Founded in part by former WPC Reverend David Graybill, the Wilton Interfaith Action Committee (“Wi-ACT”) was established to bring together people from all walks of faith to serve the greater community.
WPC has supported Wi-ACT in numerous endeavors, with members participating in various activities as well as financial donations.
Recent endeavors include Rise Against Hunger, refugee resettlement, and helping Cystic Fibrosis (CF) patients receive vital medical care.
More About Wilton Interfaith Action Committee:
The Wilton Interfaith Action Committee (Wi-ACT: pronounced “we act” for our motto, “We act together for good”) has been in existence for a decade. It is a consortium of the congregants of ten Wilton faith institutions, Christian, Jewish and Muslim, governed by a 34-member Steering Committee with subcommittees divided into specific areas of responsibility for both its meal-packaging and its refugee resettlement work. It brings to its work a group of dedicated and highly professional volunteers with many relevant skill sets (e.g., in ESL).
Wi-ACT’s signature work is its annual meal-packaging event to feed hungry children wherever the need in the world is greatest, in educational settings in which the children served are nourished in mind as well as in body. It does this work in conjunction with top-rated nonprofit Rise Against Hunger.
Typically, 750 volunteers package 150,000-160,000 meals each year. The event is the largest Rise Against Hunger meal packaging effort in New England. Over the past 12 years, Wilton has packaged approximately 2 million meals. For its annual event that most recently took place, on Sat., Oct. 23, 2021, volunteers used strict COVID protocols in 90-minute shifts over that one day. With COVID and its impact on fundraising and volunteering, the goal for 2021 was lowered to package 50,000-90,000 individual meals – enough to feed 150-250 malnourished children for an entire year. Wi-ACT’s next meal-packaging event will be announced.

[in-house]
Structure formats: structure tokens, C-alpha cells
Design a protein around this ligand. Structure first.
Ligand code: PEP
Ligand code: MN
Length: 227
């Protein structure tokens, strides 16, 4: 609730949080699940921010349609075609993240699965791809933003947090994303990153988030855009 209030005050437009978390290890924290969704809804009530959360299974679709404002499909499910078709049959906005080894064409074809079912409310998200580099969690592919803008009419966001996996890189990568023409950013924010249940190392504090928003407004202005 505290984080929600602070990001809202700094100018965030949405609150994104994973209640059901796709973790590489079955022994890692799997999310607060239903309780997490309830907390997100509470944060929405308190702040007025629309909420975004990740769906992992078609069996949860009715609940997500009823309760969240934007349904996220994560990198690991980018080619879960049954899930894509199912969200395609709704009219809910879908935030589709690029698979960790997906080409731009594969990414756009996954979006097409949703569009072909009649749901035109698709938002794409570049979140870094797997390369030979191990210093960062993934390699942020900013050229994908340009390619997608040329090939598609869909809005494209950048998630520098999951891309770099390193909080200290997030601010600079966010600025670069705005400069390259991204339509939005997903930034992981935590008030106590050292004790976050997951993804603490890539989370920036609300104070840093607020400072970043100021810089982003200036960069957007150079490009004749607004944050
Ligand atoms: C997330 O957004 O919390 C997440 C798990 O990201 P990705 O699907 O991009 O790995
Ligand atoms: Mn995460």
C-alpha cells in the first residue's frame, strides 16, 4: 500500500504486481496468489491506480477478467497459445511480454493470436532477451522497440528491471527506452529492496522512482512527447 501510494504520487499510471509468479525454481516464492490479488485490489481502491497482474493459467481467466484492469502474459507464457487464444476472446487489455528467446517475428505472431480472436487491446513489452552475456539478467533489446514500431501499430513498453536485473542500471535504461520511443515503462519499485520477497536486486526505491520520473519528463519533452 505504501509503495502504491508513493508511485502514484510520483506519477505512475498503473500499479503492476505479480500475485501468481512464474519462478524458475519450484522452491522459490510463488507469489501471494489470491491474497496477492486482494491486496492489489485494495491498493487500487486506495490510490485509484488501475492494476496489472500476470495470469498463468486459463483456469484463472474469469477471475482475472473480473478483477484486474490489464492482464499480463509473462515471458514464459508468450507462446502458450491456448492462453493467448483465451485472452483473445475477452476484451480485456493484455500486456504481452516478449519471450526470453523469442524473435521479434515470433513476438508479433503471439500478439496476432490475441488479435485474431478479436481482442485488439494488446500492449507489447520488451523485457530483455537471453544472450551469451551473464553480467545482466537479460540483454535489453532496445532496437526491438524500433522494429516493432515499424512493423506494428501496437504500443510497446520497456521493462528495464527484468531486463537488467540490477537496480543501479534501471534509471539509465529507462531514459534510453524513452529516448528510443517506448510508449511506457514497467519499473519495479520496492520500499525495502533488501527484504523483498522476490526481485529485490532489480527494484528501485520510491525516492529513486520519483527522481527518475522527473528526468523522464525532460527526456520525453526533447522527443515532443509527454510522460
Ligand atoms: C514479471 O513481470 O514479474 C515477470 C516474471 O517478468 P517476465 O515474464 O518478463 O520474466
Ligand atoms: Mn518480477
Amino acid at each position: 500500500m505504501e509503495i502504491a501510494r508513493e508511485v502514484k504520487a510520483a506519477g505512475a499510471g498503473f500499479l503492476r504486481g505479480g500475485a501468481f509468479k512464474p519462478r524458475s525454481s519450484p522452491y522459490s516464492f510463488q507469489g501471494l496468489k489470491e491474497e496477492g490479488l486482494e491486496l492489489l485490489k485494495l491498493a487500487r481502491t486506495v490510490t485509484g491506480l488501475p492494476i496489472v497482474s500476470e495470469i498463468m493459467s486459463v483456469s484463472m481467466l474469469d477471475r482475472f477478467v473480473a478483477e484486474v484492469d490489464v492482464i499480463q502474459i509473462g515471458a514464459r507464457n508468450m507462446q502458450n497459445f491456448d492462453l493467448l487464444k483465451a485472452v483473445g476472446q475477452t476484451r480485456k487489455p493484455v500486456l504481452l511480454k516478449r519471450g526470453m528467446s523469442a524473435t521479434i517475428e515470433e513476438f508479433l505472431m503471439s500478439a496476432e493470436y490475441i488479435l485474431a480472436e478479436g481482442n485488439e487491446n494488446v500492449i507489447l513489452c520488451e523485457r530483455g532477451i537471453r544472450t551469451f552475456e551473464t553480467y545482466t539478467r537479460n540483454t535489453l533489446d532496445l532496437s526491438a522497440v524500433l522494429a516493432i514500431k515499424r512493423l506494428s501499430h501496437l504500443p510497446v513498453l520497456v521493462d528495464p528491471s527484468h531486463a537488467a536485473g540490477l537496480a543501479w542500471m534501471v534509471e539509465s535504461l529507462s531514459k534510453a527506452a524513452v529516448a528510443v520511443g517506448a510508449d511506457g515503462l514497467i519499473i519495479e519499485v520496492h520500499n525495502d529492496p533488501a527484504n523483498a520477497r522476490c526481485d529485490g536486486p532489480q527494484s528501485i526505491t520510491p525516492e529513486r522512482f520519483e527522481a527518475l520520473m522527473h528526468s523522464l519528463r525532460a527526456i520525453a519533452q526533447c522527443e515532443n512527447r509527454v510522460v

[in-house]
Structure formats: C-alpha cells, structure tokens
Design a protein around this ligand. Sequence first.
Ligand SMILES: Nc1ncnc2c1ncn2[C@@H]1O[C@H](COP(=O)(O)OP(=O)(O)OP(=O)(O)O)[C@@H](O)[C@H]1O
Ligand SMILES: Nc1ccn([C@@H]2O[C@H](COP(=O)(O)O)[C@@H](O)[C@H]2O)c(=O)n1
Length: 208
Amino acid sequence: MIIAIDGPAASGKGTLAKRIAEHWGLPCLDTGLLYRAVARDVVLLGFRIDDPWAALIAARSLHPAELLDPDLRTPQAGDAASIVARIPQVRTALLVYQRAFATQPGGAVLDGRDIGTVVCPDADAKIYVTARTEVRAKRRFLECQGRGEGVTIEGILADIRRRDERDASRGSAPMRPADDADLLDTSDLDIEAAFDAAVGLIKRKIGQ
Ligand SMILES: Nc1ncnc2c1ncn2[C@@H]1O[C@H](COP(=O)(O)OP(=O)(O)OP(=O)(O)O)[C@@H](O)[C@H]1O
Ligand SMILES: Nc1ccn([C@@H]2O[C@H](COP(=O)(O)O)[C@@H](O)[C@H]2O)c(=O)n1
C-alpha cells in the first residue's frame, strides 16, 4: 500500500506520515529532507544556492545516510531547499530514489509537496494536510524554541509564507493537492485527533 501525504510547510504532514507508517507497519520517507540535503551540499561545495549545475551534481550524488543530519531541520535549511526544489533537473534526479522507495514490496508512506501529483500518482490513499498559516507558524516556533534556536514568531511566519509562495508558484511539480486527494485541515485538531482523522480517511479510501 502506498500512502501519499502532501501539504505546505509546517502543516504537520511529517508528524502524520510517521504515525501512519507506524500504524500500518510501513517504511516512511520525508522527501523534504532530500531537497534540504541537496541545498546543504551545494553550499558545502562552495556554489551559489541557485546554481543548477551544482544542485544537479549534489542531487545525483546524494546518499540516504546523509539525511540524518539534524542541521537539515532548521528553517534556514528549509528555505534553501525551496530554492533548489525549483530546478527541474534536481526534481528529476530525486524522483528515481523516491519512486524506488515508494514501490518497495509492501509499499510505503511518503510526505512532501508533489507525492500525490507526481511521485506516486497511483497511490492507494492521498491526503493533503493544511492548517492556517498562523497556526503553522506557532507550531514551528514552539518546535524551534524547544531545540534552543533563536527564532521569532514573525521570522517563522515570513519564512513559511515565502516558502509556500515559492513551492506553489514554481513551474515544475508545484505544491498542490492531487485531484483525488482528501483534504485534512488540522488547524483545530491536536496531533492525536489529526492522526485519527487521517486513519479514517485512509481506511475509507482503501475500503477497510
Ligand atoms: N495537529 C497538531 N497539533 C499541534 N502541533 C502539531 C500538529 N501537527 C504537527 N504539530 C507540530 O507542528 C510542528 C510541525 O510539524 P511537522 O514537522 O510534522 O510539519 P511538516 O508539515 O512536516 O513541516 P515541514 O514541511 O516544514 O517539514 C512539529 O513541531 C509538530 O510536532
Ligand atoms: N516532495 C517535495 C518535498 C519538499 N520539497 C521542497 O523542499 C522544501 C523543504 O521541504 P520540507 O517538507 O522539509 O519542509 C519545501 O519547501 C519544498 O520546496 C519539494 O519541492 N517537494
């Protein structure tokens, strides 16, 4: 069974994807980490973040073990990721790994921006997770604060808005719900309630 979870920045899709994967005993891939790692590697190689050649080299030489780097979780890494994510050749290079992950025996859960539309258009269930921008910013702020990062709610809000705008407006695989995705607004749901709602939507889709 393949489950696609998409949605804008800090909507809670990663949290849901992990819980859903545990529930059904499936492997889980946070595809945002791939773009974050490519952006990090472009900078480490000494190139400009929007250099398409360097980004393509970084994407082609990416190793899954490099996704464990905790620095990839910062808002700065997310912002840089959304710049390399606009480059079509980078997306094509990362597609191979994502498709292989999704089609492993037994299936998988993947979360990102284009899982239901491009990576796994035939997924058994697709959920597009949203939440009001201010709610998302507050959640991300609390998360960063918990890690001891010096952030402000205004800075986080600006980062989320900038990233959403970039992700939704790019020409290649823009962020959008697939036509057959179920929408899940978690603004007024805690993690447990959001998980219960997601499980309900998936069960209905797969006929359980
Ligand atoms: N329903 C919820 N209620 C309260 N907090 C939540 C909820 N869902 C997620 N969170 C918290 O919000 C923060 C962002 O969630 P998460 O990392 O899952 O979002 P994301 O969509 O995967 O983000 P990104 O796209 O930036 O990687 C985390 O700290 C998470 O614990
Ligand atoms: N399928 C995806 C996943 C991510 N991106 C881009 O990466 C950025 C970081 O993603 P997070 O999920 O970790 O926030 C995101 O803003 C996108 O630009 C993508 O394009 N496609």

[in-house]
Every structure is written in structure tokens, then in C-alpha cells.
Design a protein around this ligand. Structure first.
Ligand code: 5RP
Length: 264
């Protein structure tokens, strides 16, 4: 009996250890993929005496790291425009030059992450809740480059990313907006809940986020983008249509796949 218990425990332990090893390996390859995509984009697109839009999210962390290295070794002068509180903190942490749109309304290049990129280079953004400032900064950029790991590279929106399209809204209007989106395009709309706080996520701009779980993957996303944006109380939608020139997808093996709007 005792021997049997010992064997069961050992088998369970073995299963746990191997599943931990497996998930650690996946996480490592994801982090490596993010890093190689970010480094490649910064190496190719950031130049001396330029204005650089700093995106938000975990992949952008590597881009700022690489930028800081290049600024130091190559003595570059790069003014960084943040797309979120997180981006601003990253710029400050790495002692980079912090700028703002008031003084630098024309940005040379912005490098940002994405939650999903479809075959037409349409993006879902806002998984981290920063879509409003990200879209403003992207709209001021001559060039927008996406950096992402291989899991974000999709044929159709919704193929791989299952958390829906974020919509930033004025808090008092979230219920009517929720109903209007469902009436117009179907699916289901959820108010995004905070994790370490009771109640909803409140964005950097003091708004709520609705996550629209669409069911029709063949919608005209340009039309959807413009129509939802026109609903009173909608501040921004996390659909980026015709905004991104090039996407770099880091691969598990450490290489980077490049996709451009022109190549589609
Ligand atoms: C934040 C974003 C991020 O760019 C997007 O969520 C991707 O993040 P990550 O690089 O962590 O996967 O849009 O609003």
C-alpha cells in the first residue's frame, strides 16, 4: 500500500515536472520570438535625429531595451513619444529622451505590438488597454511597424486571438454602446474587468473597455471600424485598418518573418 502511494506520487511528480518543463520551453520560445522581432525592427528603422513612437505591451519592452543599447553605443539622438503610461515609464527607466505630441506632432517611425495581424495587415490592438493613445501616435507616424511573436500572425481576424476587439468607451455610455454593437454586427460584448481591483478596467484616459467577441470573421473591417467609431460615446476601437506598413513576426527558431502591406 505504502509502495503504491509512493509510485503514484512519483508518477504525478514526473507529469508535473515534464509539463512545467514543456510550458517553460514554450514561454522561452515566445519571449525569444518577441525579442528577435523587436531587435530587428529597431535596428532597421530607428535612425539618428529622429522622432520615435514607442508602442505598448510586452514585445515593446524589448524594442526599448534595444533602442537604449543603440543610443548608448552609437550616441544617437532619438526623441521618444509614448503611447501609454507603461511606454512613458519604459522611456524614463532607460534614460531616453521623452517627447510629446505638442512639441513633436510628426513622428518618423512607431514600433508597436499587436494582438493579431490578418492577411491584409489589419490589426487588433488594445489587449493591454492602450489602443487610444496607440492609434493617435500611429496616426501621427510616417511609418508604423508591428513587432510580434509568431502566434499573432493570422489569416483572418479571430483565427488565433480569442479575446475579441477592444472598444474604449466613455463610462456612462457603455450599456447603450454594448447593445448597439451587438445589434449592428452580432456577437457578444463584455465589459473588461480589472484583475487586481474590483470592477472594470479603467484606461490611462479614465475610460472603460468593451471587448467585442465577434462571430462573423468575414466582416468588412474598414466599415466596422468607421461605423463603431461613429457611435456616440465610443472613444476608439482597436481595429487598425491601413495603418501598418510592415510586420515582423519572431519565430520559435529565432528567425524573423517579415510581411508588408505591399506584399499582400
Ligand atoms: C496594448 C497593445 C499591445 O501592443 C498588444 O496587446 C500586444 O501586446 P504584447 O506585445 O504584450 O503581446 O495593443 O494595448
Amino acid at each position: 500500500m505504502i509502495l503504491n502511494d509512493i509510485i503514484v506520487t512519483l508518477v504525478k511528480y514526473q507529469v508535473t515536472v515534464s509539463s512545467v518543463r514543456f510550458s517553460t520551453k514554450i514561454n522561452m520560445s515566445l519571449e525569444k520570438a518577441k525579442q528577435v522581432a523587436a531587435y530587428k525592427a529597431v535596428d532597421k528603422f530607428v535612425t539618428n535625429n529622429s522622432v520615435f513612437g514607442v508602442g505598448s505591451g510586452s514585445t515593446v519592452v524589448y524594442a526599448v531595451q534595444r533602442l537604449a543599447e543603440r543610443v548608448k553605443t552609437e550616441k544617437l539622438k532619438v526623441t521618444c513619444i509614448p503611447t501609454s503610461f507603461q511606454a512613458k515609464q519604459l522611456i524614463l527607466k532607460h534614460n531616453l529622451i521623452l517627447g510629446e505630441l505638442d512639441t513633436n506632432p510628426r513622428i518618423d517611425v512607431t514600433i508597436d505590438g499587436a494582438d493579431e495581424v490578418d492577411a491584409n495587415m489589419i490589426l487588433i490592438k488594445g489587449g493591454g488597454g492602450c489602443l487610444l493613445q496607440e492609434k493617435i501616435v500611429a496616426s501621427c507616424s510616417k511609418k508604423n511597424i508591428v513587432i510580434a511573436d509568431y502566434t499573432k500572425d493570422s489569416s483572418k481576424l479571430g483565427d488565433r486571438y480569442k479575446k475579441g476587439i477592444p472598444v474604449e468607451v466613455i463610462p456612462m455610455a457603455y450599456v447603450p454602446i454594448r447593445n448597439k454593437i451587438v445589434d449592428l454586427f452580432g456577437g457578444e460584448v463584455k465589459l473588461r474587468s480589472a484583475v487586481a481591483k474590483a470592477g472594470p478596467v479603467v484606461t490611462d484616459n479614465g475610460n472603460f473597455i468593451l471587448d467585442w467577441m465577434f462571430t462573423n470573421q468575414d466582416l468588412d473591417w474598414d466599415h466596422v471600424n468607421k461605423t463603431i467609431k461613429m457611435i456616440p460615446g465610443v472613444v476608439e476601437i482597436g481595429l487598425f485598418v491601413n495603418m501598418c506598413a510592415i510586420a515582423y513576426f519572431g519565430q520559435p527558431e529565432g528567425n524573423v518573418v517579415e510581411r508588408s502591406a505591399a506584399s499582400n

Wi-ACT also does other work, including for example assisting families who come to the U.S. from less developed countries on special short-term visas for their children suffering from otherwise fatal cystic fibrosis. These children are treated without charge by Steering Committee member Dr. Hossein Sadeghi, who is one of the most preeminent pediatric pulmonologists in the U.S. and is on the faculty at Columbia University Medical School and a physician at Columbia Presbyterian Hospital. This CF care is provided on an all-day outpatient basis extending over three weeks at Dr. Sadeghi’s clinic in Stamford. During that time, Wi-ACT provides food, lodging and transportation to and from the Stamford clinic for the child CF patient and the adult family member who accompanies him or her.
A half-dozen years ago, Wi-ACT partnered with a highly regarded nonprofit headquartered in New Haven, CT — Integrated Refugee & Immigrant Services, Inc. — on refugee resettlement, providing temporary housing and much other transitional support for an Iraqi family whose adult members had worked for the U.S. Army in Iraq and were in grave danger if they remained there. The family has been living in Stamford for the past four years and is doing quite well. All now speak English well and are fully assimilated into American life. Their two young children are doing well in school. The husband managed a gas station for some time and is now doing well as an Uber driver.
Wi-ACT’s Steering Committee determined several years ago that, in light of the Syrian refugee crisis taking place at that time, that it would return to refugee resettlement work and received Manal, a young widowed mother with an 8th grade education who had been married at age 17 and never worked outside the home. She and her family came from refugee status in Jordan having escaped from Syria almost two years earlier. They spoke no English when they arrived. Since shortly after their arrival on March 10, 2016, all five children (aged 2 to 12) have been attending school, both Wilton public schools and a private pre-school, and Manal herself has been engaged in an intensive program of daily (six times a week) ESL in two hour classes plus three hours of homework. The family stayed in transitional housing furnished by the School Sisters of Notre Dame on their Wilton campus. Manal also engaged in extensive instruction in machine and hand sewing with the objective of being a low-income entrepreneur in the field of sewing work done in conjunction with interior decorators – a field for which there is a significant demand in this area. Her planned training includes both this instruction and an apprenticeship.